South Koreans returned their discontinued Samsung Note 7 smartphones on Thursday, with the beleaguered electronics giant offering swap incentives in the hope of retaining customer loyalty after a damaging recall fiasco.
Two days after the company announced it was finally killing off the flagship handset over issues with exploding batteries, owners were given the option of a full refund or an exchange for a different Samsung smartphone.
Those opting to get their money received a 30,000 won (US$26) gift card, while anyone choosing to swap for another Samsung handset got an additional 70,000 won phone bill credit.
"This is compensation for our customers who experienced a big inconvenience," the company said in a statement.
The world's largest smartphone maker initially recalled 2.5mn Note 7s on September 2 after reports of units burning up.
The already damaging move turned into a full-blown crisis when replacement Note 7s also started catching fire.
The debacle triggered a three-day stock rout that shaved 10% -- around $23bn -- off Samsung's market value. The plunge was only arrested on Thursday when stock closed up 1.4%.
A day earlier, Samsung slashed its third quarter profit estimate by one third.
'Long-term brand damage'
Fitch Ratings said the heavy losses would be cushioned by Samsung's "ample liquidity" and a strong balance sheet.
"Potential long-term brand damage ... is a greater threat to its credit profile than the direct financial impact," the ratings company said.
Samsung is so dominant in South Korea -- it accounts for around 17% of the country's GDP -- that the company's woes were cited by the central bank when it trimmed its 2017 growth outlook from 2.9% to 2.8%.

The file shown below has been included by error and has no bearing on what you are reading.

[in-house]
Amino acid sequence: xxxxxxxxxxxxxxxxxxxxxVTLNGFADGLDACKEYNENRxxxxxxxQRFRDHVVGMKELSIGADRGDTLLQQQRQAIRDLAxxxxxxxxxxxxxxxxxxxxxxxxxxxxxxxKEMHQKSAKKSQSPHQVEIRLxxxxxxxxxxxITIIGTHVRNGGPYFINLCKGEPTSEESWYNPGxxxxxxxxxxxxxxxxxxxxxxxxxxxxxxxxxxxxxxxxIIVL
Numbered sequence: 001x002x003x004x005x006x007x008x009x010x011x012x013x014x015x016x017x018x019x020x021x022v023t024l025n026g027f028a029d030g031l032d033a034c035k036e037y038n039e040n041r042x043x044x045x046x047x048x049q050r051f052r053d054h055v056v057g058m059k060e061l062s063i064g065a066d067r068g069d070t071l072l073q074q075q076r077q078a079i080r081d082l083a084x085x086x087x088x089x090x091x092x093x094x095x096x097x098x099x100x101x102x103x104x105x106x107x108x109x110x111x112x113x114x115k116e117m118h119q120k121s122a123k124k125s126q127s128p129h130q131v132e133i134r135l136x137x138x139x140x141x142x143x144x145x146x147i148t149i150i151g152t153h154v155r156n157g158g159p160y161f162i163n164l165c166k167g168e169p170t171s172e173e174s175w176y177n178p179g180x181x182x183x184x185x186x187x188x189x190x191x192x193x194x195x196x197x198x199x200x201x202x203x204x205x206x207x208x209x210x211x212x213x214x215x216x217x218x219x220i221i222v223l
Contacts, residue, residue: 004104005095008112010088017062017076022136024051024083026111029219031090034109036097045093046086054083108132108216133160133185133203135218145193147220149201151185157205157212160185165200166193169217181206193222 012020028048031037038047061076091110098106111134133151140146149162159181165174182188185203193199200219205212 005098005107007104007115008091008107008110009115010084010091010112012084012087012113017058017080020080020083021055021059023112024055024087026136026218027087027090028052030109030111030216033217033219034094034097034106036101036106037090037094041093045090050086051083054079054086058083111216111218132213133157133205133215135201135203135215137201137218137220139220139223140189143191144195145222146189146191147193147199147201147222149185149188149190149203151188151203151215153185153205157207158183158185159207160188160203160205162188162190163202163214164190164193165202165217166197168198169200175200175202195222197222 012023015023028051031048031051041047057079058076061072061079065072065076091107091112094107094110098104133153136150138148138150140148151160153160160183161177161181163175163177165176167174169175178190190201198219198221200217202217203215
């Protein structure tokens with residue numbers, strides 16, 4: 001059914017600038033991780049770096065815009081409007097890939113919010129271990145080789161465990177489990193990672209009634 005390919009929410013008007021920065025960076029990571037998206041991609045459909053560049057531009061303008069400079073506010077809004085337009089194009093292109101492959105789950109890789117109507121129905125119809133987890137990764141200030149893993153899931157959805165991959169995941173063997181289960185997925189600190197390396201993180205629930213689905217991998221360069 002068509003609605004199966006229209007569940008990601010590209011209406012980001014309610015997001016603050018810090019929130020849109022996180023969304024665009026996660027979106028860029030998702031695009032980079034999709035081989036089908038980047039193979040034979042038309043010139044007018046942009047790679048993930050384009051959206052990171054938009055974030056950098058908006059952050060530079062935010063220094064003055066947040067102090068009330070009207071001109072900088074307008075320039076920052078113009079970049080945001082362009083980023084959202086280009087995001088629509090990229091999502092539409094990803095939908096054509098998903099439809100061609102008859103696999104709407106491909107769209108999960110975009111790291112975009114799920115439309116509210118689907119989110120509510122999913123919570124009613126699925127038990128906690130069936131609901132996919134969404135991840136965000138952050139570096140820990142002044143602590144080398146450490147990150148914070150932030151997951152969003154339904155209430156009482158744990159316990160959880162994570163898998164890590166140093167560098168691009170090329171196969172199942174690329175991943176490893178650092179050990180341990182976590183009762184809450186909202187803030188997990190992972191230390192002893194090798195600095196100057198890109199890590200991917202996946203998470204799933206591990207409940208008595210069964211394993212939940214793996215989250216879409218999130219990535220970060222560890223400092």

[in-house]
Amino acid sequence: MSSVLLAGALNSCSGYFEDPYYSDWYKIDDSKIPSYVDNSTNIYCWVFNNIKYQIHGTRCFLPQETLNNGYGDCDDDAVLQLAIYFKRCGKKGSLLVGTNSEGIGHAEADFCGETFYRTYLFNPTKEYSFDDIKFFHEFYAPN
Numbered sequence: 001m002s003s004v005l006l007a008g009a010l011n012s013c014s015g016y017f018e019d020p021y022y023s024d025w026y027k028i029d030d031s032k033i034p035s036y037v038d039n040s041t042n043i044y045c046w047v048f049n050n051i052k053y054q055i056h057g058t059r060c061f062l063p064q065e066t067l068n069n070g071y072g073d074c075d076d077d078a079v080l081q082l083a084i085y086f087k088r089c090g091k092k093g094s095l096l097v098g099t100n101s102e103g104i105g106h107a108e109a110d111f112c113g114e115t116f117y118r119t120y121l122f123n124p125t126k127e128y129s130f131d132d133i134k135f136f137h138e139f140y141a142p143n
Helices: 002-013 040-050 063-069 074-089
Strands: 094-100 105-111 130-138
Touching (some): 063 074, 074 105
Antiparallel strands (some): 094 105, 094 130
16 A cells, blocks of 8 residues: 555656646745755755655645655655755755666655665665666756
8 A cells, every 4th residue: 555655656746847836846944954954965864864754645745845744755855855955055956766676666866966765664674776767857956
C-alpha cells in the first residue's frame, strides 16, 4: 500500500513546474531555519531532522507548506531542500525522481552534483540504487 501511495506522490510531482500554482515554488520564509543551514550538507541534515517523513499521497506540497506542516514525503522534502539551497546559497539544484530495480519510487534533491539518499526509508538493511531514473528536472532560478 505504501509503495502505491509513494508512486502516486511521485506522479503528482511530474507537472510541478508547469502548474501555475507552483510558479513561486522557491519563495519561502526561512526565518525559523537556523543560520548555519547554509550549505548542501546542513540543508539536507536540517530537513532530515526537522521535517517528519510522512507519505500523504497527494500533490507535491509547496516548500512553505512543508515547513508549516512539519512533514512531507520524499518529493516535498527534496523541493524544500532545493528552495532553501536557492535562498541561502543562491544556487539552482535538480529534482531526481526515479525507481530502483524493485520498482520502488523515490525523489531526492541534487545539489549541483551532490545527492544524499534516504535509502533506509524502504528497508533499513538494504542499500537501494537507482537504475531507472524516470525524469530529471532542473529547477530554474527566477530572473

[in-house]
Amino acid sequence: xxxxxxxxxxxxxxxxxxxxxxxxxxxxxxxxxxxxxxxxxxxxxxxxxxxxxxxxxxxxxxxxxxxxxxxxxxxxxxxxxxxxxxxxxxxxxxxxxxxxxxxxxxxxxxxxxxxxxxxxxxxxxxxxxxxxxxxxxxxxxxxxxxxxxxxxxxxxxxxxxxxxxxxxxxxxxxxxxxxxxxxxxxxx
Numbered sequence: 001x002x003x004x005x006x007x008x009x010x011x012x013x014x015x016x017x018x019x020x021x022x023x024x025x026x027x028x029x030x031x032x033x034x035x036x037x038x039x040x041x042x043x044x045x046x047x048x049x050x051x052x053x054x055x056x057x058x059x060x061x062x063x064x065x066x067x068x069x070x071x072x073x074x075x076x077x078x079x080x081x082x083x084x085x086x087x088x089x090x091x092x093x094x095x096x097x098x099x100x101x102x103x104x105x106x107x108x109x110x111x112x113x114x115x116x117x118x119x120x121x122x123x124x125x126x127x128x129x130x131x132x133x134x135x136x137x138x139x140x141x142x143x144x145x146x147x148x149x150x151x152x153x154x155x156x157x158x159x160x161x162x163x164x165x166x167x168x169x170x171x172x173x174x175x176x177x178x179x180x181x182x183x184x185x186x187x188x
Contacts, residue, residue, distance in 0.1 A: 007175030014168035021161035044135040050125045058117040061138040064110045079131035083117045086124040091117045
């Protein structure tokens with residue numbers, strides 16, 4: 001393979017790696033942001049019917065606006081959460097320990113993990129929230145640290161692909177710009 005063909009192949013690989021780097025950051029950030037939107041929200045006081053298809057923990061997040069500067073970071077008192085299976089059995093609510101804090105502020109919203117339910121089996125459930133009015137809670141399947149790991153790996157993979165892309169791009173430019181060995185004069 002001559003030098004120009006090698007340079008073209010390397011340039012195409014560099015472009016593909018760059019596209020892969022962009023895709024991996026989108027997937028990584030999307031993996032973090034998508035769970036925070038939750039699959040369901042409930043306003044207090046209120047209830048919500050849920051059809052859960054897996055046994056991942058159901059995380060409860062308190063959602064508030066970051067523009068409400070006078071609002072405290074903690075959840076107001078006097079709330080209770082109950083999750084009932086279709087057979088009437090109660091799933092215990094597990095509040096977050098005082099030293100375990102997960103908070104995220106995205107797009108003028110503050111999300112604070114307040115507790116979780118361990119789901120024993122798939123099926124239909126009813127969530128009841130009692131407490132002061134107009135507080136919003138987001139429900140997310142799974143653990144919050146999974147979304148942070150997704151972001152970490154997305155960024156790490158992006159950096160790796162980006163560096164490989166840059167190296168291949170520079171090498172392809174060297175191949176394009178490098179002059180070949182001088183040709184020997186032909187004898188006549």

"Because it makes up such a large portion of our economy, we considered the impact from the disruptions in its production in our forecast," bank governor Lee Ju-Yeol told reporters.
Not all of those who returned their devices on Thursday were happy at the company's decision to halt Note 7 production completely.
Lee Jae-Kyung, a 43-year-old office worker, said he had been very satisfied with his Note 7 and was only returning it because the model was being discontinued.
"They won't offer any firmware upgrades and warranties from next year so there's no real choice," Lee said.
Shift to Apple
Roh Kwang-Soo, a 31-year-old sales manager at a mobile store -- and a Note 7 user himself -- said he was leaning towards the new iPhone from Samsung's arch-rival Apple.
"I'd been using Samsung's Galaxy Note 4 Edge before I got the new Note 7," Roh said. "Now, I think I might use this opportunity to try something new."
Apple launched the iPhone 7 last month and the phones will be available in South Korea from October 21.
Customer defection is one of Samsung's biggest concerns, especially as the Note 7 was specifically aimed at taking on the iPhone in the premium handset market.
"I was so excited about the new Note 7 and now I'm furious that I had to go through all this," said office worker Park Jong-Won, 33, who was also considering a shift to Apple.
South Koreans returned their phones in person, but in some markets the process was more complicated.
US customers living some distance from an outlet had to struggle with a special Samsung "return kit" that included protective gloves and fireproof packaging.
Samsung said the precautions were required by the US Postal Service.
Britain's Royal Mail banned the delivery of Note 7 devices altogether, citing safety reasons.
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